Surviving a Storm

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It was just another Wednesday evening here at the 6021, when the sky began to darken, trees tossed their leaves in a panic, and drivers of all ages forgot the rules of the road because it was raining. An “Extremely Severe Thunderstorm” rolled in, uprooting trees, flooding streets, and reducing our house electricity wattage to zero.

Good news: we survived.

Bad news: it was rough.

And so, as we enter into early summer and thunderstorm/tornado/tropical storm weather, I thought I’d share some tips with you so that you, too, can survive, hopefully with less agony than we experienced.

Most importantly, remember the crucial lesson from the Lion King: Be prepared.

Always have a variety of non-perishable snacks available. If the power goes out in your home, you may be forbidden to open the refrigerator in order to preserve the food inside. But this can lead to hunger pangs, especially if the outage is around mealtime and continues past mealtime. And we all know that unexpected hunger is the number one cause of fighting and name-calling among Americans between the ages of 3 and 84. (References available from the CDC upon request.) Make sure that these snacks aren’t all fruit; there are only so many bananas a human should eat in one sitting.

Be sure to have at least one headlamp or flashlight on hand per person, with fresh batteries. Most 21st century Americans have no real concept of how dark it actually gets here on earth. If you can’t see, you can’t play games. This is very dangerous. (See below.)

Next: Know your exit. Plan ahead of time how to leave and return to your home without passing through major intersections that utilize stoplights. Unpowered stoplights change a casual left turn into a harrowing and traumatic experience. Grown adults who previously understood the rules of the four-way stop are suddenly overcome by hysteria, swerving and signaling wildly, stopping and going at random. Avoid this potential 34-car, 8mph pileup by taking side streets. If you must go through a major intersection, remember the three basic rules: 1) drive on the correct side of the street, 2) obey road signs, and 3) don’t do anything you wouldn’t do when it was sunny.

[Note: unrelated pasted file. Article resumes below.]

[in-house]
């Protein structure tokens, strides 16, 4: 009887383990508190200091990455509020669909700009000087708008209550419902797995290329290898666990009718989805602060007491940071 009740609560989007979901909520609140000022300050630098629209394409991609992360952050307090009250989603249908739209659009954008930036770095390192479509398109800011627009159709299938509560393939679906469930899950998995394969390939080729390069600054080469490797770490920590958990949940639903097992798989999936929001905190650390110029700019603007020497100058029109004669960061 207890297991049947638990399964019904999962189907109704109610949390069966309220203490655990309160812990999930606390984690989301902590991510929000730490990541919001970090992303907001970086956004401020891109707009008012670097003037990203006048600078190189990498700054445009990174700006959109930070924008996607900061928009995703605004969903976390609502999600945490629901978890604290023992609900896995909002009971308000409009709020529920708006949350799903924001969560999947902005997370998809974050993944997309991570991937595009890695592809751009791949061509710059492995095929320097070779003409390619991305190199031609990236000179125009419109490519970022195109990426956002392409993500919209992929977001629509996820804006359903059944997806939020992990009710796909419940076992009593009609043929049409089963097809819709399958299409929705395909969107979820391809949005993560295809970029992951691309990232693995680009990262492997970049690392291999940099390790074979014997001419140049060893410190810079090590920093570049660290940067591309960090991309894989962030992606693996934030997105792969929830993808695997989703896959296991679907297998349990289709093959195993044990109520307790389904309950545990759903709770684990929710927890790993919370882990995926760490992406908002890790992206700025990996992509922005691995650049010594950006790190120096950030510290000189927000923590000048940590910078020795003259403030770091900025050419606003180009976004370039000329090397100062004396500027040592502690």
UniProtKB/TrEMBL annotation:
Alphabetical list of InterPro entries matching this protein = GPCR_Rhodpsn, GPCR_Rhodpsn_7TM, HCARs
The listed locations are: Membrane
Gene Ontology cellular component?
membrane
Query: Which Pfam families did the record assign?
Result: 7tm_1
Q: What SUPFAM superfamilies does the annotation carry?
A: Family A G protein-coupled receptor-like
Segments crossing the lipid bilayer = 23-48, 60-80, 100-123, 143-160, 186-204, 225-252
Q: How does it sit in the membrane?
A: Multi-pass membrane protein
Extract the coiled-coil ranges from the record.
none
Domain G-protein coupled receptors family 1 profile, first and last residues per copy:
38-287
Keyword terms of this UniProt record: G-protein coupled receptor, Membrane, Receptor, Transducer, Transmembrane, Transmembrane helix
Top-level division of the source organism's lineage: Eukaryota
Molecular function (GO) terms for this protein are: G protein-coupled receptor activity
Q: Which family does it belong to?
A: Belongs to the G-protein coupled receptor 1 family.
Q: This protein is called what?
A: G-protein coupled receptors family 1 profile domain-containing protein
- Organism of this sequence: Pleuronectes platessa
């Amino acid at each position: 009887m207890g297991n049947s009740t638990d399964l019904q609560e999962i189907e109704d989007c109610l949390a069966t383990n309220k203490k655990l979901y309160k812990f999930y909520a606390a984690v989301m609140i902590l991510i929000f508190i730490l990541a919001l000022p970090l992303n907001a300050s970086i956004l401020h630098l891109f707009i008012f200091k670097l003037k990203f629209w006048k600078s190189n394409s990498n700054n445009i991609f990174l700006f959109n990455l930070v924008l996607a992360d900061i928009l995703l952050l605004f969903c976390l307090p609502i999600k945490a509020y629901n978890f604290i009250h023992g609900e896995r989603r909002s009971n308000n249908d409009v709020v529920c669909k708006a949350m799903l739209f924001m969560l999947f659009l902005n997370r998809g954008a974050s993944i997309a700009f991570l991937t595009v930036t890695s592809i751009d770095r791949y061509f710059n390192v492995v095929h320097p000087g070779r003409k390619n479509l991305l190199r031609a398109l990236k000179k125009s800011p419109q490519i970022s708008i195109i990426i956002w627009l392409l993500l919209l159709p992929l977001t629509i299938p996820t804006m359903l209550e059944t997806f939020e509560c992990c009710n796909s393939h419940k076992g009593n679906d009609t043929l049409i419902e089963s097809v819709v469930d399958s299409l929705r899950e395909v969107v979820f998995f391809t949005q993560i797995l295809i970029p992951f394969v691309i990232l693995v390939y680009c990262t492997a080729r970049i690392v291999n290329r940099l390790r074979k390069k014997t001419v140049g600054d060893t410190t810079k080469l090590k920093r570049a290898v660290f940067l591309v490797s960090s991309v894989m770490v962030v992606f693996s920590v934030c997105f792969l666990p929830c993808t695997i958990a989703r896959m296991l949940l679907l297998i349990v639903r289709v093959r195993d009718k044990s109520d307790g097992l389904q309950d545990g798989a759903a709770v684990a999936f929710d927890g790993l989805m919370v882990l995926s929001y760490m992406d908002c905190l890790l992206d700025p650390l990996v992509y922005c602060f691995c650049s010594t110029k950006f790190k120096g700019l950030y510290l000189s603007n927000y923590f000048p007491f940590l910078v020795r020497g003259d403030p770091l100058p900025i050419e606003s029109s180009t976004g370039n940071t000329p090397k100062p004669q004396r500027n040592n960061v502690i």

Lastly: Avoid boredom. Boredom is the second most deadly disease in suburban America. Utilize a wide variety of games, books, and story-telling in order to maintain sanity and peace among those who dwell in your home. If you find yourself on your couch, looking out the window and speculating on what exactly your neighbor is going to do with the bucket he just borrowed, you are headed down a dangerous road. Idleness is not your friend. Keep yourself and your loved ones active and engaged for their own safety.

And now, I will leave you with an almost entirely unrelated conversation between two of my roommates and me:

Me: Do you want to play a game?
L: Maybe.
Me: Hide and seek?
L: No.
H: Tag?
L: No.
Me: Blind Man’s Bluff?
L: Midwife what?
H: Ah, the classic childbirth game, Midwife Bluff.
L: WHAT?
H: “Surprise! You’re not pregnant!”
Me: Blind Man’s Bluff, guys. [Rolls eyes.] Never mind.

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